Nurse With MS Wins Grant to Find Severity, Progression Biomarkers
A nurse and PhD candidate with multiple sclerosis (MS) is looking for disease biomarkers that can help healthcare providers better estimate how individual cases of MS will progress.
The goal of Stephanie Buxhoeveden’s research, now supported by a grant from the American Association of Nurse Practitioners (AANP), is to help develop more effective treatments that are better tailored to each individual patient.
“MS is so different [in how the disease affects individuals],” Buxhoeveden said in a press release. “But right now, the treatment algorithm is pretty much the same no matter how you present [with symptoms].”
Buxhoeveden, who is working toward her PhD at the Virginia Commonwealth University School of Nursing, is investigating ways for clinicians to improve their ability to categorize different patients based on how severe their MS might become and how quickly it is likely to progress.
“Some people have MS for 30 years and never have an attack,” she said. “And [for] some people, [MS] is relentless and terrible from the beginning.”
Buxhoeveden was one of four applicants to win an AANP grant this year. The national membership association awarded $120,000 overall through its grants and scholarship program for 2021.
The funding will enable Buxhoeveden to gather blood samples from people with MS, which she hopes will reveal useful details of the specific form of each person’s disease. That data, in turn, would guide healthcare providers in creating better individualized treatment plans for each patient.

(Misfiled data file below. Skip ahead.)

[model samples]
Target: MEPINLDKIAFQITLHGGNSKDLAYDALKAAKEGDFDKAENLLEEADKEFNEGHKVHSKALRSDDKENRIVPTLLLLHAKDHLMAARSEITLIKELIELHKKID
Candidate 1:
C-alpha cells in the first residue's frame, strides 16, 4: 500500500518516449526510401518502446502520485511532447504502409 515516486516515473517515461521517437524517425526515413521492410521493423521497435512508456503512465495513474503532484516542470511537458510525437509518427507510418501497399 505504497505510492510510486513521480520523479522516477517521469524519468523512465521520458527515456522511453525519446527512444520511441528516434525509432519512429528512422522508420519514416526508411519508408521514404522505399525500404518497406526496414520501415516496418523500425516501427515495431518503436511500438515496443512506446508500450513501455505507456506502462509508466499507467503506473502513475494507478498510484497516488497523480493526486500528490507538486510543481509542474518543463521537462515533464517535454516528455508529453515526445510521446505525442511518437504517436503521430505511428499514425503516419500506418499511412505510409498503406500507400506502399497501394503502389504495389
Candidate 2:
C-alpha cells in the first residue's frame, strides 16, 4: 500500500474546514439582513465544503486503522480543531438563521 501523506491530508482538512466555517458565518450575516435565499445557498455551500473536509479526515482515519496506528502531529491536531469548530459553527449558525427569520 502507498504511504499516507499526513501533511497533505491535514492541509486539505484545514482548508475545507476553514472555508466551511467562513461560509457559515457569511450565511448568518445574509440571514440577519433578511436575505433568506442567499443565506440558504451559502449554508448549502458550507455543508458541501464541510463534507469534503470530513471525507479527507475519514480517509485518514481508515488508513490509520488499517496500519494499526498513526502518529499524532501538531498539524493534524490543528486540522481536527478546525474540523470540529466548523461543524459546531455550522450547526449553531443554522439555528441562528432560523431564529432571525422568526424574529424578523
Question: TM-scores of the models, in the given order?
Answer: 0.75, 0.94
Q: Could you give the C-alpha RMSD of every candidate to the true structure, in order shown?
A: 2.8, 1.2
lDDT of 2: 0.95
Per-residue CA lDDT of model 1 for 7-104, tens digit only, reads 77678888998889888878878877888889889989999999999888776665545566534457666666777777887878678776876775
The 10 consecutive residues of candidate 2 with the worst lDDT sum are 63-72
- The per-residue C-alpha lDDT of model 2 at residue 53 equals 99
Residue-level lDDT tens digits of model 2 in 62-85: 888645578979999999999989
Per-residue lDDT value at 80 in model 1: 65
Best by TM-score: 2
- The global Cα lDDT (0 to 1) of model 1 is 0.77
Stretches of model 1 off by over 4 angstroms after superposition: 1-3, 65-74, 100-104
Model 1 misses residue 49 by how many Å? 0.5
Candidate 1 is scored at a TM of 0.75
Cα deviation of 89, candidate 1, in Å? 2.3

Many MS therapies carry undesirable side effects, researchers note. Knowing in advance who will benefit from such treatments — and who won’t — could go a long way toward reducing the burden placed on individual patients by aggressive therapy.
Buxhoeveden received her own MS diagnosis a decade ago. Then a competitive athlete and a successful critical care nurse in neurology, she struggled to accept her diagnosis.
“I was like, ‘No, this is a sports injury,’” Buxhoeveden said, in describing that moment. “‘It’s fine. I’m fine. You’re lying to me.’ Denial was the first stage.”
Reviewing her own MRI, and seeing lesions along her spine, led Buxhoeveden to accept her diagnosis — and to alter her own career.
Eager to understand more about the disease, she became certified in MS nursing through the International Organization of Multiple Sclerosis Nurses. While receiving treatment herself at the Barnabas Health Ambulatory Care Center, in New Jersey, she also began working as an MS nurse.
This experience led her to see the gaps in knowledge about MS that have since informed her research.
“I started to get frustrated that there weren’t answers to some of the most basic questions like, ‘Why do I have MS?’ ‘Why is my MS way worse than my friend’s MS?’” Buxhoeveden said.
She was accepted into a PhD program at VCU four years ago and has since had to stop seeing patients to focus on her research and on completing her doctorate degree.
Theresa Swift-Scanlan, PhD, professor and director of VCU’s biobehavioral research lab, believes Buxhoeveden’s work could help those with MS.
“I think her biomarker discovery work, together with our work and the work of others, has a strong chance of making a difference for MS patients,” said Swift-Scanlan, who is serving at Buxhoeveden’s doctoral research adviser.
Buxhoeveden continues to seek funding to help her analyze the blood samples made possible through the AANP grant and hopes to earn her PhD within the next two years.